“Instead of wondering when your next vacation is, maybe you should set up a life you don’t need to escape from.” – Seth Godin
I think this is very good advice–advice that I am, unfortunately, not following at the moment. I feel like all I think about every day is escaping. I spend my classes staring out windows, wondering what it’d be like to be on a beach right now with no obligations. I spend my afternoons napping away the remaining sunlight because in my dreams, life is better.
But I’m young, right? I’m 18 years old. I don’t have any real connections keeping me where I am. I don’t have a boyfriend or a family of my own yet. I don’t have a day job that’s directly helping me towards my career. I don’t have anything that’s really rooting me to this spot in Ohio, yet I feel so stuck.
I read this article today: “Why I Gave Up a $95,000 Job to Move to an Island and Scoop Ice Cream.” And it sounds like exactly what I want to do.
I want to take a gap year. I want to travel the world, or even settle in a place like this and just live with the bare minimum. I want to walk around barefoot and read on the beach and have limited internet access. I want to live on an island full of strangers and end up meeting every single one of them and learning their stories. I want to write and create and live an adventure.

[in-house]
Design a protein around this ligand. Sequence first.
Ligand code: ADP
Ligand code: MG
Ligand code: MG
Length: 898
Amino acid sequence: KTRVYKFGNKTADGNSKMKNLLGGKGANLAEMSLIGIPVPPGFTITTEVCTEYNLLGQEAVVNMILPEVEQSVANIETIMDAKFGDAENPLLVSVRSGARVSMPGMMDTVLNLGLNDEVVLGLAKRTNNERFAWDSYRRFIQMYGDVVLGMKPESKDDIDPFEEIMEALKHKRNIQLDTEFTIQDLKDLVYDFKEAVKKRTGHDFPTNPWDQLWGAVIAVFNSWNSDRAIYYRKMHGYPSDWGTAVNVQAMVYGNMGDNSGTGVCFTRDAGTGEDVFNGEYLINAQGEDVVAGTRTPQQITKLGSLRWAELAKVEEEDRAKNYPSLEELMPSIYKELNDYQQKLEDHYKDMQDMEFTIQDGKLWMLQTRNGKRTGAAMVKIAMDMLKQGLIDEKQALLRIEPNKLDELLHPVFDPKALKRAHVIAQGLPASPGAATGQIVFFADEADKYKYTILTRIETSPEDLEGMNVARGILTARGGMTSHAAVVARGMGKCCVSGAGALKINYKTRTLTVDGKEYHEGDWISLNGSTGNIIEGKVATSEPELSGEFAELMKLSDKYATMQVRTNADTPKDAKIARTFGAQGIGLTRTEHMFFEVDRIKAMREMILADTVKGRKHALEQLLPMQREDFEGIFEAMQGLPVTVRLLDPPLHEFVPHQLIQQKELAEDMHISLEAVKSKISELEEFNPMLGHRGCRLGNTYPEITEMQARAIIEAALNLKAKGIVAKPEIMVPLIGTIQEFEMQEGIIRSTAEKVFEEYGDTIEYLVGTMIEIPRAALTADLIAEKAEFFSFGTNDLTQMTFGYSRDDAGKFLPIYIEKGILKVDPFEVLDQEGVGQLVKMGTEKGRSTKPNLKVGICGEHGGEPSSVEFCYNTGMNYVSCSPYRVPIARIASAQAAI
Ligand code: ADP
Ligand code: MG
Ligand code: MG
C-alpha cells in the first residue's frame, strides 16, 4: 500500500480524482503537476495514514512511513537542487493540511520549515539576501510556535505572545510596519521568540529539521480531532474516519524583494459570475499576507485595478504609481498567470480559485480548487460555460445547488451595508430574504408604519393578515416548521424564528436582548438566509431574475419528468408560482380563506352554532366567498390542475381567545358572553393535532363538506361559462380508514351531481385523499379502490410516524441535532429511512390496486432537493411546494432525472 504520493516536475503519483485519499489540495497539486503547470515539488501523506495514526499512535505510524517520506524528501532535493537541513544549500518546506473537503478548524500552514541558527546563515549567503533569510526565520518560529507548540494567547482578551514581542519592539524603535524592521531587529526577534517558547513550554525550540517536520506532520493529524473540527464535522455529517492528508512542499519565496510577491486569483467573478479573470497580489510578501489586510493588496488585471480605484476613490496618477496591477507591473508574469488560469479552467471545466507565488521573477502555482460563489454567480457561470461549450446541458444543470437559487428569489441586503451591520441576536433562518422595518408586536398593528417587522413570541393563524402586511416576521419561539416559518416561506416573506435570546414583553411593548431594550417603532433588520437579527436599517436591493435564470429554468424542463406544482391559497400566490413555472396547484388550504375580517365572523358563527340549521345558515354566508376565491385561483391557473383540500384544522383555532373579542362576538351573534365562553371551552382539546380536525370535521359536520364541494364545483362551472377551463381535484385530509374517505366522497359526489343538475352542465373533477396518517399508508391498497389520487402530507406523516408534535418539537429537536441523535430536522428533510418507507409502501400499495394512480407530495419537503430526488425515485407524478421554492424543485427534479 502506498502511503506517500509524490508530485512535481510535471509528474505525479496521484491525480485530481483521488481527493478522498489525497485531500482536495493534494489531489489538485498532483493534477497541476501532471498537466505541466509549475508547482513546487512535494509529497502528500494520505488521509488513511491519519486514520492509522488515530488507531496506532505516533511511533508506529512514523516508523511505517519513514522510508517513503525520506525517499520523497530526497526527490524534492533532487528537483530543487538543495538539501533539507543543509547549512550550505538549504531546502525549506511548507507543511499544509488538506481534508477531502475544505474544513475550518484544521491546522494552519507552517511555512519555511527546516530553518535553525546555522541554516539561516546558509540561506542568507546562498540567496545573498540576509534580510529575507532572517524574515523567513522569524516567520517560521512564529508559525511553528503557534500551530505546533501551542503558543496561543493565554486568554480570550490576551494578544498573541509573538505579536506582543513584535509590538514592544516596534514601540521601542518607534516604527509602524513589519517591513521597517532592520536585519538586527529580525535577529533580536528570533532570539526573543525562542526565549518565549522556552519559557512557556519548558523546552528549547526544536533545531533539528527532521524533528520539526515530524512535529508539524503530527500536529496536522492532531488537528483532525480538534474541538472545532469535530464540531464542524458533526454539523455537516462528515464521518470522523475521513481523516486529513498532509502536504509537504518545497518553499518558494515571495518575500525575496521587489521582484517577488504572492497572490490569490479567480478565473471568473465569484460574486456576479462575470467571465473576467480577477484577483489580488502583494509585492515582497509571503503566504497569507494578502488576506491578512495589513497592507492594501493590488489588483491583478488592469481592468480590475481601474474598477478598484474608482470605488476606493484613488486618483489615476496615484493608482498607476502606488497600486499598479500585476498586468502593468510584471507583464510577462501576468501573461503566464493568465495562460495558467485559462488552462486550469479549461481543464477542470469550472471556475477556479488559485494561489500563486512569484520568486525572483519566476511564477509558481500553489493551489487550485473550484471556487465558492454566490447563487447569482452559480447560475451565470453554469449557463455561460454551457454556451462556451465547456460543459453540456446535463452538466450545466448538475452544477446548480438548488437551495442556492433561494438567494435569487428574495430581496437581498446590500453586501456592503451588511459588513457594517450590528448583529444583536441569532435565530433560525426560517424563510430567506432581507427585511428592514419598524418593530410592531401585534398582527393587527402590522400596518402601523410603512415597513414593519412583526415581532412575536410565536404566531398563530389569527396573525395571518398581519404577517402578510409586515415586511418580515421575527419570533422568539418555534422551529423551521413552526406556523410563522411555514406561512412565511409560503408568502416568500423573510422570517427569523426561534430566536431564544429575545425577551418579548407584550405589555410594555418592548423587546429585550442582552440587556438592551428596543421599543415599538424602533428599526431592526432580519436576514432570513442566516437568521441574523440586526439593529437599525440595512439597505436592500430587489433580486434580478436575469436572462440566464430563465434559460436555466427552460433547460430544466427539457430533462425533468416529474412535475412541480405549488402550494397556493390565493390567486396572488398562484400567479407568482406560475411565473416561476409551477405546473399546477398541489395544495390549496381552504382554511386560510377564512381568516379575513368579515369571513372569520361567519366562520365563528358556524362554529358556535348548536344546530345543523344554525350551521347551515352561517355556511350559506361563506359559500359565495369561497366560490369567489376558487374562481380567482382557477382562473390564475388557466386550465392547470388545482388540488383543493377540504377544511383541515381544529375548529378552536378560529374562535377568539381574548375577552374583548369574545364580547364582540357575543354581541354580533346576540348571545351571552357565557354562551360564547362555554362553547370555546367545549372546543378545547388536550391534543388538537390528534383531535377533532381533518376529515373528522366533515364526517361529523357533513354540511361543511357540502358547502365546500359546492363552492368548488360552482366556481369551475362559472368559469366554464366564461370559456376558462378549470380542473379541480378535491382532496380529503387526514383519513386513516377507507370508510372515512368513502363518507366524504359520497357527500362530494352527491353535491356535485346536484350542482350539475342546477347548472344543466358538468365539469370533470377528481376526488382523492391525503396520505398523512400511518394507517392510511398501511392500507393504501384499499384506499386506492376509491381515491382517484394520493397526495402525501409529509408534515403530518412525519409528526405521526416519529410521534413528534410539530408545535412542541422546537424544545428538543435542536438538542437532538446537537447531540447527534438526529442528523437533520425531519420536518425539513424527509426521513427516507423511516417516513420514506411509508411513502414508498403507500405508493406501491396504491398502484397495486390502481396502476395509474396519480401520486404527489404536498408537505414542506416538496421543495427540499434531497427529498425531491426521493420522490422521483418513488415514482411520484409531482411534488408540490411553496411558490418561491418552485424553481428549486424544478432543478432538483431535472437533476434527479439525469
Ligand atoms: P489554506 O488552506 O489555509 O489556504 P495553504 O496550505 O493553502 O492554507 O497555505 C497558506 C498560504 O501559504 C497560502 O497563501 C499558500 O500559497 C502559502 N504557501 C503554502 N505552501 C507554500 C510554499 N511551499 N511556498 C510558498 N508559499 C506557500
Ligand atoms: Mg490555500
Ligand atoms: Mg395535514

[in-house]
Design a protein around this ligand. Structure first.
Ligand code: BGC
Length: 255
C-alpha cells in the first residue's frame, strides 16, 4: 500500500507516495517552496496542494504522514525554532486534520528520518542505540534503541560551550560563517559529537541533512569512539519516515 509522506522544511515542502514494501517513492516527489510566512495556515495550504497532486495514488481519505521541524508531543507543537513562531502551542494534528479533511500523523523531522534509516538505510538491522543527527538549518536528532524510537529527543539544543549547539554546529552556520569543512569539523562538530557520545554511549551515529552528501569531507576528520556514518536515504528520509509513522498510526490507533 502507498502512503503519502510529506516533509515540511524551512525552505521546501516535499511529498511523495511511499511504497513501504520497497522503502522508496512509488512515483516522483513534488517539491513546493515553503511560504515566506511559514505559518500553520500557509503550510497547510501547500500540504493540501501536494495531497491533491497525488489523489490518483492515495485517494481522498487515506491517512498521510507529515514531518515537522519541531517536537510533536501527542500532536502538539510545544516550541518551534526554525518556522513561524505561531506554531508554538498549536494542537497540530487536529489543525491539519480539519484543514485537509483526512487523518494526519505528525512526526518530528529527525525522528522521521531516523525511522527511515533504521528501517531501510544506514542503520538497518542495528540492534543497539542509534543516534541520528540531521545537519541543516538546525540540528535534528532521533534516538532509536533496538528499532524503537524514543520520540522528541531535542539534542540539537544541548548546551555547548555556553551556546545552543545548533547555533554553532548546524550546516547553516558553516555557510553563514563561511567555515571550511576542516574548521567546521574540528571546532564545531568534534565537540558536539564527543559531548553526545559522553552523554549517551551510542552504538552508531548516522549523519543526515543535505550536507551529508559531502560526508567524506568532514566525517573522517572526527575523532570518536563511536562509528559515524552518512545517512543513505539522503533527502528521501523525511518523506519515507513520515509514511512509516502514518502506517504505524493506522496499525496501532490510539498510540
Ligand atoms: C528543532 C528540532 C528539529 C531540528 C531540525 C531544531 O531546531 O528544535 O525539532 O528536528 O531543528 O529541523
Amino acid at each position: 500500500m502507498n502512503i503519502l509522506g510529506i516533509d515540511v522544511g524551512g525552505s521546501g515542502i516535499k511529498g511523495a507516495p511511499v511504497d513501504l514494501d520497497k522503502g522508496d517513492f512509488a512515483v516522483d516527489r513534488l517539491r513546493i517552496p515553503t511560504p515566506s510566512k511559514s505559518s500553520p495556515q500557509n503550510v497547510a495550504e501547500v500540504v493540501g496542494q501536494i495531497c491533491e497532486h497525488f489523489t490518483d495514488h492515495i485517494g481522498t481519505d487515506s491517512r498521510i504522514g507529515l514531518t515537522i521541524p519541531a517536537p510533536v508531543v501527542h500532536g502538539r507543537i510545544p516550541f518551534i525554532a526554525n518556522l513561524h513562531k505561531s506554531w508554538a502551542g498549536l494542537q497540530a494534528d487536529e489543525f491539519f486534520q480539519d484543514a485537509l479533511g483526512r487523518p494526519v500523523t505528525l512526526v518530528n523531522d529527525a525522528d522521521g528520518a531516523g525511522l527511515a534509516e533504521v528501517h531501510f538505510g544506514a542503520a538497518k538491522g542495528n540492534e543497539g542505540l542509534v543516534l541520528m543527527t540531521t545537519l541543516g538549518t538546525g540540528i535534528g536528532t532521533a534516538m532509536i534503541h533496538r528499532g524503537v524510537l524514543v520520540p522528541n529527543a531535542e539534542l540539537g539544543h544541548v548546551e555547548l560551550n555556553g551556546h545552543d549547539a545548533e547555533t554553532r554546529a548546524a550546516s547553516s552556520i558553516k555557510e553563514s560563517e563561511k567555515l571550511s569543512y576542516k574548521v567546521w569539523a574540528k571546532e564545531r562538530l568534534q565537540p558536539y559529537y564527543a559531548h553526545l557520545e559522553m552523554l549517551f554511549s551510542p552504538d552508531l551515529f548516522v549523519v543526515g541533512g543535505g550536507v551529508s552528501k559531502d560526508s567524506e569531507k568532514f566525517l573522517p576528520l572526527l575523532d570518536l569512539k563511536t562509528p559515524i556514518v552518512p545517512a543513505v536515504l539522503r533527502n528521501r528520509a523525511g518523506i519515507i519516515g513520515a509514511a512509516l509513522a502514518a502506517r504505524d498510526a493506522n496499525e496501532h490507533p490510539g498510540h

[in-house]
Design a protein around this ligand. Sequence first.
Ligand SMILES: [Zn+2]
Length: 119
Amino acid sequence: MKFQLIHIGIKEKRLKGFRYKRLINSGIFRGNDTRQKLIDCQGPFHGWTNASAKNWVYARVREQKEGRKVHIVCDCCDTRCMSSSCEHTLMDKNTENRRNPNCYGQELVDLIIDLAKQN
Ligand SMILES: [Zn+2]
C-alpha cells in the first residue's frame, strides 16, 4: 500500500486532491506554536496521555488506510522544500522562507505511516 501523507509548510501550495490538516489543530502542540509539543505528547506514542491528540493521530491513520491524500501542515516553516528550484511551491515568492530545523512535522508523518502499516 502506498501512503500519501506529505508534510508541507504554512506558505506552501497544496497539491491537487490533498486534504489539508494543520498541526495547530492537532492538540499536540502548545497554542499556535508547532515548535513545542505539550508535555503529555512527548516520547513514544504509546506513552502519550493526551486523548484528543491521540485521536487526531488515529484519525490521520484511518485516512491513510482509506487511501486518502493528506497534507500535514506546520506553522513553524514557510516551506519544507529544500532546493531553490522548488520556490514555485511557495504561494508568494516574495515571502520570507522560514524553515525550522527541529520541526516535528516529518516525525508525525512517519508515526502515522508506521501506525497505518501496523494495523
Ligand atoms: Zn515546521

But I’m stuck in Ohio. I have housing contracts signed until the end of Spring 2017. I have a perfectly laid out plan of every class I need to take until the end of my time here at Miami. I have obligations and expectations to uphold. I can’t just leave.
But there’s a voice in the back of my head–a voice that’s rising up from a spot right behind my heart–and it’s saying, “but you can.”
And it makes some really good points. Do it now. Do it while you’re young! You know how to make money. You can learn how to live on nothing. You can learn and adapt to anything. Just get the courage to do it. If you don’t do it now, you never will. You’ll get your degree and then immediately turn around and get a job at some high school somewhere and you’ll be locked into yet another contract that dictates the next few short years of your life.
And then what? I’ll wake up one day at the age of 40 and realize it’s too late? Realize I got too comfortable too quickly?
I don’t want that to happen. I don’t want to be stuck on this path anymore.
I want to leave.